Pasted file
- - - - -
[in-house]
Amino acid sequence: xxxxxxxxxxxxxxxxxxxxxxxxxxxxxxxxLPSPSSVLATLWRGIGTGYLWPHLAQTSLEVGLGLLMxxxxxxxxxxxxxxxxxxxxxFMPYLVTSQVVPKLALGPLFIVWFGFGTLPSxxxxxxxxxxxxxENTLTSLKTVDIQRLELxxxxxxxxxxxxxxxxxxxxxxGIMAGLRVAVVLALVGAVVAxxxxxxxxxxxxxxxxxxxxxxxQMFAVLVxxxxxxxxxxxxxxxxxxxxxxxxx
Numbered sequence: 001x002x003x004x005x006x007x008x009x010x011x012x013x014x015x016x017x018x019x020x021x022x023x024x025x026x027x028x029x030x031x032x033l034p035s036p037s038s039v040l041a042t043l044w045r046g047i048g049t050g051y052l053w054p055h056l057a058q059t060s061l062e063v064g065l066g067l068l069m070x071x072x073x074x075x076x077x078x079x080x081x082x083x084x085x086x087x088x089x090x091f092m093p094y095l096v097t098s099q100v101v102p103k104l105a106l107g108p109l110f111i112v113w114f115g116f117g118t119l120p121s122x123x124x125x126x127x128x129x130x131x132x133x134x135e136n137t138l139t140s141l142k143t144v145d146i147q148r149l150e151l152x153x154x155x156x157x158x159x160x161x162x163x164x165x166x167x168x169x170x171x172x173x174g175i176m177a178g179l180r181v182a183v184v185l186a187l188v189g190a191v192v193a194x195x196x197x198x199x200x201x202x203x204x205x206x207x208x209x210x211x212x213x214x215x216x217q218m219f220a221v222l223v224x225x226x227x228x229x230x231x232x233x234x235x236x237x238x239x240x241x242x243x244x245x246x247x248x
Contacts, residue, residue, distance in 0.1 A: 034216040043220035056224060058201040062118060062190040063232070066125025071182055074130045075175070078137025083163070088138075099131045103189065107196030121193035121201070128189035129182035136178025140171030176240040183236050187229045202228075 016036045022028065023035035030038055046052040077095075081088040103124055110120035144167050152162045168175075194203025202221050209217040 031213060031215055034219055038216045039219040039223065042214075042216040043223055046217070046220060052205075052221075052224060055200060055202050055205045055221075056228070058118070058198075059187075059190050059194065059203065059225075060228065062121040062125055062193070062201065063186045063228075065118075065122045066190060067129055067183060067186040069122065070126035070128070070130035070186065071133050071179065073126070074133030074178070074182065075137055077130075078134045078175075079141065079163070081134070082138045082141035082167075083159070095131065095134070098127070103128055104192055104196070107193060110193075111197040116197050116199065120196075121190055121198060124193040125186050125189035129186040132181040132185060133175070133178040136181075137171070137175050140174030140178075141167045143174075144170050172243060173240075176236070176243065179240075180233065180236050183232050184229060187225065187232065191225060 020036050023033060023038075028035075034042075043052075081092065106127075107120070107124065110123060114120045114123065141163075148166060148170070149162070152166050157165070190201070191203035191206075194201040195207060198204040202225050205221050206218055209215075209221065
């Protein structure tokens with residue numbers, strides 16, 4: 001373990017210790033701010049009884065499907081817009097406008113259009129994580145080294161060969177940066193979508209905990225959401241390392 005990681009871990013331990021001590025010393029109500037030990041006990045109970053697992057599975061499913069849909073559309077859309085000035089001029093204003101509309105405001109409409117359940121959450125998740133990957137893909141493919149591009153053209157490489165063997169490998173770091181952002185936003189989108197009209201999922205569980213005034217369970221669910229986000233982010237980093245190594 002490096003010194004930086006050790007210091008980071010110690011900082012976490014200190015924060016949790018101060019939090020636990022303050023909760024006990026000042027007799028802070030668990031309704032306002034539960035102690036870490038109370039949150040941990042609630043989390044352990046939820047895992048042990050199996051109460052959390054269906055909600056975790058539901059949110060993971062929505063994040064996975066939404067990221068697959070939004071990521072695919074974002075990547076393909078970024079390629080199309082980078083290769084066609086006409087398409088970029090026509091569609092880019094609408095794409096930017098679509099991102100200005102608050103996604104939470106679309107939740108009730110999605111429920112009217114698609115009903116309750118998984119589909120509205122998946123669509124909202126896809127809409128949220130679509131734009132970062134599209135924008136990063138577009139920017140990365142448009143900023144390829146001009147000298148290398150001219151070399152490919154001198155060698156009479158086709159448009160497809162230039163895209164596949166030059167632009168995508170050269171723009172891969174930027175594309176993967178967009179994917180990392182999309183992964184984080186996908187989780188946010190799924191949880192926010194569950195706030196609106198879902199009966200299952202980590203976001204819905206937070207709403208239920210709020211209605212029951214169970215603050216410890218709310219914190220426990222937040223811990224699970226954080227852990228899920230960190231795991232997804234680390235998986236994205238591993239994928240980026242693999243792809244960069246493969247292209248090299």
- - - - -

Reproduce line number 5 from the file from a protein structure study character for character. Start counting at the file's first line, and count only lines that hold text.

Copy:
């Protein structure tokens with residue numbers, strides 16, 4: 001373990017210790033701010049009884065499907081817009097406008113259009129994580145080294161060969177940066193979508209905990225959401241390392 005990681009871990013331990021001590025010393029109500037030990041006990045109970053697992057599975061499913069849909073559309077859309085000035089001029093204003101509309105405001109409409117359940121959450125998740133990957137893909141493919149591009153053209157490489165063997169490998173770091181952002185936003189989108197009209201999922205569980213005034217369970221669910229986000233982010237980093245190594 002490096003010194004930086006050790007210091008980071010110690011900082012976490014200190015924060016949790018101060019939090020636990022303050023909760024006990026000042027007799028802070030668990031309704032306002034539960035102690036870490038109370039949150040941990042609630043989390044352990046939820047895992048042990050199996051109460052959390054269906055909600056975790058539901059949110060993971062929505063994040064996975066939404067990221068697959070939004071990521072695919074974002075990547076393909078970024079390629080199309082980078083290769084066609086006409087398409088970029090026509091569609092880019094609408095794409096930017098679509099991102100200005102608050103996604104939470106679309107939740108009730110999605111429920112009217114698609115009903116309750118998984119589909120509205122998946123669509124909202126896809127809409128949220130679509131734009132970062134599209135924008136990063138577009139920017140990365142448009143900023144390829146001009147000298148290398150001219151070399152490919154001198155060698156009479158086709159448009160497809162230039163895209164596949166030059167632009168995508170050269171723009172891969174930027175594309176993967178967009179994917180990392182999309183992964184984080186996908187989780188946010190799924191949880192926010194569950195706030196609106198879902199009966200299952202980590203976001204819905206937070207709403208239920210709020211209605212029951214169970215603050216410890218709310219914190220426990222937040223811990224699970226954080227852990228899920230960190231795991232997804234680390235998986236994205238591993239994928240980026242693999243792809244960069246493969247292209248090299």